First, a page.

Both fiercely contemporary in its time and place--Manhattan in the early '90s--and fabulistic in its structure--the spiritual journey of a young scientist--Lisa Grunwald's "The Theory of Everything" combines fate with psychology. The result is a post-Freudian version of "The Odyssey."
In spiritual journeys, the traveler usually begins at the apex of his worldly success, at the moment when he's got the most but still feels incomplete. He begins the journey with the sense that something still is missing from his life, and it ain't another Oscar.
In this case, Alexander Simon has just cracked an astounding formulation of higher mathematics that has led him to a ground-breaking "theory of everything." The world of physics lauds him. He has worked toward this moment for many years, thinking it would answer his need to unlock the secret of the universe, or "to know everything," as his mother once told him grown-ups did. Now he would finally find happiness and peace. Instead, he feels panicked and depressed. He's gone as far as he can in the direction of his intellect. His theory of everything treats existence on a subatomic level; it has no effect on the world as we know it.
What makes the fable a novel is Alice, Alexander's mother. She abandoned Alexander and her husband Sam 20 years earlier to pursue a course of spiritualism and magic, stuff that Alexander contemns. But Alexander is haunted by memories of a ghost that he thinks he once saw at his mother's bidding, and dreams of an angel who teases him with the hope of total knowledge.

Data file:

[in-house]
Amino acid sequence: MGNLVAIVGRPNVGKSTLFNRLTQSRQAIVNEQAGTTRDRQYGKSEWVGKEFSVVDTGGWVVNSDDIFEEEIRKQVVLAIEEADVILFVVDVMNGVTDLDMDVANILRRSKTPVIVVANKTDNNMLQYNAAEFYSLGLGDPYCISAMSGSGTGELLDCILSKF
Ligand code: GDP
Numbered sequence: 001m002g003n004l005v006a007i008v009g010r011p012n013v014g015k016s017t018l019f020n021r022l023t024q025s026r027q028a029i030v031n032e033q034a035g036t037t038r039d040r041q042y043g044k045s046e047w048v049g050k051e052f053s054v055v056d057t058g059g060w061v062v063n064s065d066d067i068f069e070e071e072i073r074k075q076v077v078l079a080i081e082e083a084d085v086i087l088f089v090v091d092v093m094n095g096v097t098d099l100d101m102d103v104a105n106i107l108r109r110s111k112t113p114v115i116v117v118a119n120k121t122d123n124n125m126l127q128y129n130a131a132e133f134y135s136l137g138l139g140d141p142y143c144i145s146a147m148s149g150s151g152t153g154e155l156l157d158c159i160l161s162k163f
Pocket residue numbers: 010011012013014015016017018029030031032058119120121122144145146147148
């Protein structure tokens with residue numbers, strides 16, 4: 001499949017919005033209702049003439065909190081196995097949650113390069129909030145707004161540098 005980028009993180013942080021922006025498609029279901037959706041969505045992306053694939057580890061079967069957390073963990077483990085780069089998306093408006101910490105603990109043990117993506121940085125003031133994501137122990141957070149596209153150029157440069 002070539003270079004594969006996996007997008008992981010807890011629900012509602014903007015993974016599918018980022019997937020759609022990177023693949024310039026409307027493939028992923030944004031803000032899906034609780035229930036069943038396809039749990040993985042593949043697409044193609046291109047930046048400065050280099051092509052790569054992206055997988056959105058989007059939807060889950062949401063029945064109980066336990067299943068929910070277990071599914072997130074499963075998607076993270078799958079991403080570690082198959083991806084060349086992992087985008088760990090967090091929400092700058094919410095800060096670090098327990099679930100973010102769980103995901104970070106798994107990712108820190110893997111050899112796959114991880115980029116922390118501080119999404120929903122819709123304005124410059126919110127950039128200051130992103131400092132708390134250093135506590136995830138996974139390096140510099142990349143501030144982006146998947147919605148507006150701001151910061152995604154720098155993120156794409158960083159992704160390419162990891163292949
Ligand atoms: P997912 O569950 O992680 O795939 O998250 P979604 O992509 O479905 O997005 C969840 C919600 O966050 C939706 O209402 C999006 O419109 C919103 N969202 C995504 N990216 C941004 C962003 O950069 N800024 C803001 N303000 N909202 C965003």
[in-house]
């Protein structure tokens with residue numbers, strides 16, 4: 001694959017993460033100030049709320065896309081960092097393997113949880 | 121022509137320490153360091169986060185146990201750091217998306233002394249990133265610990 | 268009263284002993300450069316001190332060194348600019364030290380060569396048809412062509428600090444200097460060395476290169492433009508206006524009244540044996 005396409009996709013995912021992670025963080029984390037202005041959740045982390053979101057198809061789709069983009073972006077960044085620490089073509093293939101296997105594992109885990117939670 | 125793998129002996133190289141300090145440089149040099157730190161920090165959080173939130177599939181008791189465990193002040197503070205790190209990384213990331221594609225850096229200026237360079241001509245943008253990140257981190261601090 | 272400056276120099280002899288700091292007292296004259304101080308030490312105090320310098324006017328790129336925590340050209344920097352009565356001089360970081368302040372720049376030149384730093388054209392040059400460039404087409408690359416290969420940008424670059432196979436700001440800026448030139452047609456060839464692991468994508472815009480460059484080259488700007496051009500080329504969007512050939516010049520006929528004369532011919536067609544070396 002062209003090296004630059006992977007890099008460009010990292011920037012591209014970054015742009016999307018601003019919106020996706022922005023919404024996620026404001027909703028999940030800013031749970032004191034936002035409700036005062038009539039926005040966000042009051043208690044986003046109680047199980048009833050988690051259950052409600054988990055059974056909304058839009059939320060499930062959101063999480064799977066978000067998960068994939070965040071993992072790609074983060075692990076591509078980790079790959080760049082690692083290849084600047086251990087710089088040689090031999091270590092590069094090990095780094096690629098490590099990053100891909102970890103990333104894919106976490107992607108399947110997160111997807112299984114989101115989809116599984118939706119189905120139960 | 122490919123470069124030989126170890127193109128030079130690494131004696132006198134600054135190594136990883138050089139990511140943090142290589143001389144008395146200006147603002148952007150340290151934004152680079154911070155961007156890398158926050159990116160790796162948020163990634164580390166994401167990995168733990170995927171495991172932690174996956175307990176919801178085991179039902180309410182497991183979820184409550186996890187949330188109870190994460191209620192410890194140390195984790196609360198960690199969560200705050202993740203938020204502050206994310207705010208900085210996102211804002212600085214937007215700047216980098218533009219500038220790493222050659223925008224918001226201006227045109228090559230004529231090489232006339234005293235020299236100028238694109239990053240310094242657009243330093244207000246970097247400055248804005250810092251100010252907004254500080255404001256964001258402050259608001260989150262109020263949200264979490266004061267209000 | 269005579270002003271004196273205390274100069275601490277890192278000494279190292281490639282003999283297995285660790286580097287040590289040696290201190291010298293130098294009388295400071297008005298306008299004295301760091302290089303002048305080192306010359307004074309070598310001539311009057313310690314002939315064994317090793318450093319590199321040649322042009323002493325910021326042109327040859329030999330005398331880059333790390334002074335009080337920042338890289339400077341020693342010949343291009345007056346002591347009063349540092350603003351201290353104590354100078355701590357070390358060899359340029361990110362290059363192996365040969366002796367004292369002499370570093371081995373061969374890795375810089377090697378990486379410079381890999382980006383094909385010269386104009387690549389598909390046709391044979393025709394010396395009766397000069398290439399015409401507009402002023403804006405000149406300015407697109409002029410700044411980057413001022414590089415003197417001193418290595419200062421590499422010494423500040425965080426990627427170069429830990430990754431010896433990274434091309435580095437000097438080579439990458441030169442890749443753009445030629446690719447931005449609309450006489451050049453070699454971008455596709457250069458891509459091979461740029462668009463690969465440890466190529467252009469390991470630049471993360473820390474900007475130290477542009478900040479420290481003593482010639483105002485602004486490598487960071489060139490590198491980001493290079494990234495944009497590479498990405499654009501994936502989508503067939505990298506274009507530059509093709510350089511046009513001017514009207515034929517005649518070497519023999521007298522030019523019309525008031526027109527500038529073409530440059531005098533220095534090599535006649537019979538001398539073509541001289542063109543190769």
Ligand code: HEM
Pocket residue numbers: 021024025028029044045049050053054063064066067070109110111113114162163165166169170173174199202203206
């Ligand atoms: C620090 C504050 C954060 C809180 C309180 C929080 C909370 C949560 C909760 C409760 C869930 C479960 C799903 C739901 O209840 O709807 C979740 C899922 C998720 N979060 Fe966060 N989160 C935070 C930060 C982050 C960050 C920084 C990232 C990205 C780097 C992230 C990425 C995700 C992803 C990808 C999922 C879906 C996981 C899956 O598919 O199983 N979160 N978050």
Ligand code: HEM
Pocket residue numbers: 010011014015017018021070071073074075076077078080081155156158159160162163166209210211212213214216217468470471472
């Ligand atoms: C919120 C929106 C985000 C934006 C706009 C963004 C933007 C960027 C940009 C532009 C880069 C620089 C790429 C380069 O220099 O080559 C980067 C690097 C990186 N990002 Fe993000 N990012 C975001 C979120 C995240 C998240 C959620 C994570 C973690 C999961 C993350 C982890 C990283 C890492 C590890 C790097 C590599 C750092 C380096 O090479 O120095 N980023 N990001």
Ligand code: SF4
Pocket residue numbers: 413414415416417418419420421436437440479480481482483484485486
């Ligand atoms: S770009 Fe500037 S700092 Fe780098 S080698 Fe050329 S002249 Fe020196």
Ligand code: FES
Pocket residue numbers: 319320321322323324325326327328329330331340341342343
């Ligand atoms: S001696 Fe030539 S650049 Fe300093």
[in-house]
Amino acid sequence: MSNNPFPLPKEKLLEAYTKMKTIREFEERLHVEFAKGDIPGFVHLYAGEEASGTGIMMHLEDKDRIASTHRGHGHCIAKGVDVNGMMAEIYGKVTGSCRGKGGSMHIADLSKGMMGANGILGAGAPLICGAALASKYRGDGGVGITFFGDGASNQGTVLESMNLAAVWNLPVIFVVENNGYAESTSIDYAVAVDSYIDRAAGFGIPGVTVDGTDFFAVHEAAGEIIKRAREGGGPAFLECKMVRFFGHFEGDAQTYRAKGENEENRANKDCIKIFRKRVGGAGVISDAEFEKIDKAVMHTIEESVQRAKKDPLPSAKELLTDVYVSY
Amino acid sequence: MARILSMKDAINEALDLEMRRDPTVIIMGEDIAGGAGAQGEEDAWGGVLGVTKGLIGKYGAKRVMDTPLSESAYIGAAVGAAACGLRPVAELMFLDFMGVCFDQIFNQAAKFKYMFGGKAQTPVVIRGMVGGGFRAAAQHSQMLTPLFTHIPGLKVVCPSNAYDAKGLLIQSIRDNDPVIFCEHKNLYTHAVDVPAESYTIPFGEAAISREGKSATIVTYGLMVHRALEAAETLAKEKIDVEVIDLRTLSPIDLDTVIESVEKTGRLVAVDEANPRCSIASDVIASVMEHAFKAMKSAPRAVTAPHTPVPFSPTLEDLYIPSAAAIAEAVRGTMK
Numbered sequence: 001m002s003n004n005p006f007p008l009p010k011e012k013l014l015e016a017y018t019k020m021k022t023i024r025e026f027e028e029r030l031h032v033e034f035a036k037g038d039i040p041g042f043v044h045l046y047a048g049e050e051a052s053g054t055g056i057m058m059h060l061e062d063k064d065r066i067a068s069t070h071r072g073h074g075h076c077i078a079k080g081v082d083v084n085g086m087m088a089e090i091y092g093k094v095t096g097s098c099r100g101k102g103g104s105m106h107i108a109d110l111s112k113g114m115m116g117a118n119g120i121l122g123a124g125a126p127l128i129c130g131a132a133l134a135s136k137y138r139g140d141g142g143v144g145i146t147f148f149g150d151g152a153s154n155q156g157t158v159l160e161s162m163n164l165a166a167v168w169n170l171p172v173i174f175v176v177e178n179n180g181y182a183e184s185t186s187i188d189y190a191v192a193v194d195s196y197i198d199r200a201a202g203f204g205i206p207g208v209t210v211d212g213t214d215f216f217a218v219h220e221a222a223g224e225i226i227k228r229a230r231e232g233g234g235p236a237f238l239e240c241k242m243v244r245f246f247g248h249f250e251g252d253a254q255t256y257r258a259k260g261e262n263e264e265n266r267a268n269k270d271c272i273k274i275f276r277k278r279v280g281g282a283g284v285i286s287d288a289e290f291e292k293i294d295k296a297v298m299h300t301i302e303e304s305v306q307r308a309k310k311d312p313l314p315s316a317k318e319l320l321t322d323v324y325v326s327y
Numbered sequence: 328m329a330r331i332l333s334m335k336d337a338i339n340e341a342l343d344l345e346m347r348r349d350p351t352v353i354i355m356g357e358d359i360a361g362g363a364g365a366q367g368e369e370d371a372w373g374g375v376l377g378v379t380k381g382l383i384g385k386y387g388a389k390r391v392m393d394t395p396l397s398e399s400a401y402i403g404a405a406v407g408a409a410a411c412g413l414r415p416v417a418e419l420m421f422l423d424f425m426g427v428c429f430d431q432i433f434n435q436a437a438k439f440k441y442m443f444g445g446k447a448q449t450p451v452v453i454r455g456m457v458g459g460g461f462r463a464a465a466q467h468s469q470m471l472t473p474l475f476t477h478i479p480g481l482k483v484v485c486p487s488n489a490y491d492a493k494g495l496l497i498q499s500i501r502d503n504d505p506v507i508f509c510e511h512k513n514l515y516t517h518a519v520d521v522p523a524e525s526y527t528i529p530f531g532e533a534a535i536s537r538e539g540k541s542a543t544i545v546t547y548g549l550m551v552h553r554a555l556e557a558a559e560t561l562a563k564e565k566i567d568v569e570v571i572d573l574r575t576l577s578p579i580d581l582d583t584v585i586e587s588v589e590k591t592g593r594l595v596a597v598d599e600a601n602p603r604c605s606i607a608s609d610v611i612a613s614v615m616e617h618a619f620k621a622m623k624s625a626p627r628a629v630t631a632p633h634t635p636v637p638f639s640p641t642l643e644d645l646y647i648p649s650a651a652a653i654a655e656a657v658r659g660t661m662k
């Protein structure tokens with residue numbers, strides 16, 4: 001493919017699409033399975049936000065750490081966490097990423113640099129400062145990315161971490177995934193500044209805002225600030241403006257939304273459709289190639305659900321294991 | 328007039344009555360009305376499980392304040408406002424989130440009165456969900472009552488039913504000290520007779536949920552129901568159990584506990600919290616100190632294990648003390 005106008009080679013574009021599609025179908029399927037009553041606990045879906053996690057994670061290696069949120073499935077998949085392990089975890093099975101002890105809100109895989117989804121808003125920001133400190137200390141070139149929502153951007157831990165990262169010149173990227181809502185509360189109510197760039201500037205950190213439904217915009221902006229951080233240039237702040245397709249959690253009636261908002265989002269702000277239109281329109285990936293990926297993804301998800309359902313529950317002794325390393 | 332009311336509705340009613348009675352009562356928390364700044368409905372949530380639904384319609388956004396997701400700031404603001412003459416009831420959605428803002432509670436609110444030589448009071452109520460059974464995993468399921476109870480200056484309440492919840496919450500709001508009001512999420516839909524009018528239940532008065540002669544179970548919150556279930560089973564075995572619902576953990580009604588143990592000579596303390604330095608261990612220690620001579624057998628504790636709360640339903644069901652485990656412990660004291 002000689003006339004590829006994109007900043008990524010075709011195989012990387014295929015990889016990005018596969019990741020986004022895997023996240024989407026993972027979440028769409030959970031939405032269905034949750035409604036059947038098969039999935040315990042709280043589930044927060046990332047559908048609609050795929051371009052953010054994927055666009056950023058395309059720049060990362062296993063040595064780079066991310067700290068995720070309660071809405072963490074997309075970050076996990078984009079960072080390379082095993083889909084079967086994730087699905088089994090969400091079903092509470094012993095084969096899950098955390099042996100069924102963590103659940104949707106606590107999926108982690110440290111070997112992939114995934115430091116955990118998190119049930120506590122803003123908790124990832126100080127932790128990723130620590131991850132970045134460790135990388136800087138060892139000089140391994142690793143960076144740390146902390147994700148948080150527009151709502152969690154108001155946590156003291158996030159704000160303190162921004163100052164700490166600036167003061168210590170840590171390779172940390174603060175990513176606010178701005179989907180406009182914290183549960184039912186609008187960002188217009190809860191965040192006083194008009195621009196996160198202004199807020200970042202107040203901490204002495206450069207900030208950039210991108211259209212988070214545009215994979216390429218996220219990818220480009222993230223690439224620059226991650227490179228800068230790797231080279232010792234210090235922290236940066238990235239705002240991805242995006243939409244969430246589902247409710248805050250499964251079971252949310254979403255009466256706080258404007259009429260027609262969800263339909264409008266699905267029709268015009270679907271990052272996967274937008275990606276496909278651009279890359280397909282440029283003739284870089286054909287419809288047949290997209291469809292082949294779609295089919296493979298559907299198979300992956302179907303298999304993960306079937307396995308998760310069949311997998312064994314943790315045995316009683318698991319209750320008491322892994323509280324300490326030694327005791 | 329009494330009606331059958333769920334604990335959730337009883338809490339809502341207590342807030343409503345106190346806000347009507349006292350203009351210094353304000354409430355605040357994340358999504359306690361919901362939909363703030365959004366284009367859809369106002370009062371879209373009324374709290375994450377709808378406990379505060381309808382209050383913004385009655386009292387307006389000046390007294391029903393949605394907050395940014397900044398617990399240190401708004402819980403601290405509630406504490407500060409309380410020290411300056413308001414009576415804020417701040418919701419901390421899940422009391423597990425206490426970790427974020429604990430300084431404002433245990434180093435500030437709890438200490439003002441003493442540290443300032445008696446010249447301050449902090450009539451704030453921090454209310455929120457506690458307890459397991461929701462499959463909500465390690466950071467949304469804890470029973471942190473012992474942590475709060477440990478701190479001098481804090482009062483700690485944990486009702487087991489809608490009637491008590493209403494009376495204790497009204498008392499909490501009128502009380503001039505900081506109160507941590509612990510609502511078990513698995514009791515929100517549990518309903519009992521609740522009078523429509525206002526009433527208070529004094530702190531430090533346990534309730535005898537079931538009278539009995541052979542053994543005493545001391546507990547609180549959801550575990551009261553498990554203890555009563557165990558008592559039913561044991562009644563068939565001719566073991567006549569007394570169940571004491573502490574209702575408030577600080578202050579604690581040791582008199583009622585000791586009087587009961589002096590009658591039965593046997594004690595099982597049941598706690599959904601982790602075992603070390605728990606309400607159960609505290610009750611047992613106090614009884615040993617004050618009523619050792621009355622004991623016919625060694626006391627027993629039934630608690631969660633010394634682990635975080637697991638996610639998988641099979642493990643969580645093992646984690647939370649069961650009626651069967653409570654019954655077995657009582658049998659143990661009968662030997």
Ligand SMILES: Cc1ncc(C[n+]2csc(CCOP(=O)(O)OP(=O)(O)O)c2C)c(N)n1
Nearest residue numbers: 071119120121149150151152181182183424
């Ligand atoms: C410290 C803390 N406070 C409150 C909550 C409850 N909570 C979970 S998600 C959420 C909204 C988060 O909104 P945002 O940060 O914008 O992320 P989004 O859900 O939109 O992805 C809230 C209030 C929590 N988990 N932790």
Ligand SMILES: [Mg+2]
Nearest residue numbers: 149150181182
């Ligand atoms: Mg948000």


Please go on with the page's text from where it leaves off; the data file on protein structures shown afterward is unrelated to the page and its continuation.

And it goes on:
In suppressing his rage at his mother, and his hurt, Alexander has suppressed anything in him that resembles her, namely the strongly spiritual, irrational sides of his own nature. Alice returns to New York to meet Alexander on his 31st birthday, just when his own malaise at having discovered the theory of everything has set in. Alice introduces Alexander to Cleo, and soon Alexander is following a new course, the way of alchemy, to discover a more satisfying "theory of everything": the Prime Matter.
Lisa Grunwald can really tell a story. Her fictive gifts, which in this case are driven by a system of signs that approaches allegory, buoy up the whole narrative, so that you feel at every moment the solidity of real people, real events. Her novel makes you feel that life itself functions on the two planes of simple, conscious living and the dark, irrational existence ruled by the mysteries of the moon, the imagination, the spirit, the unconscious.
"The Theory of Everything" is a map of dark and light, moon and sun, Dionysian and Apollonian impulses. Translated into contemporary drama, Alexander's life is split between sunning himself on the roof of his girlfriend's apartment and waiting and brooding in the dark subway tunnel; between Sam, his scientist-father, and Alice, his spiritualist mother; between Linda, his loyal, loving girlfriend who teaches grade school, and Cleo, his paramour, a palm-reader who lives by magic. Even his two "bosses" have an opposing symmetry: Dr. Biner, the physicist, and Harold, the alchemist.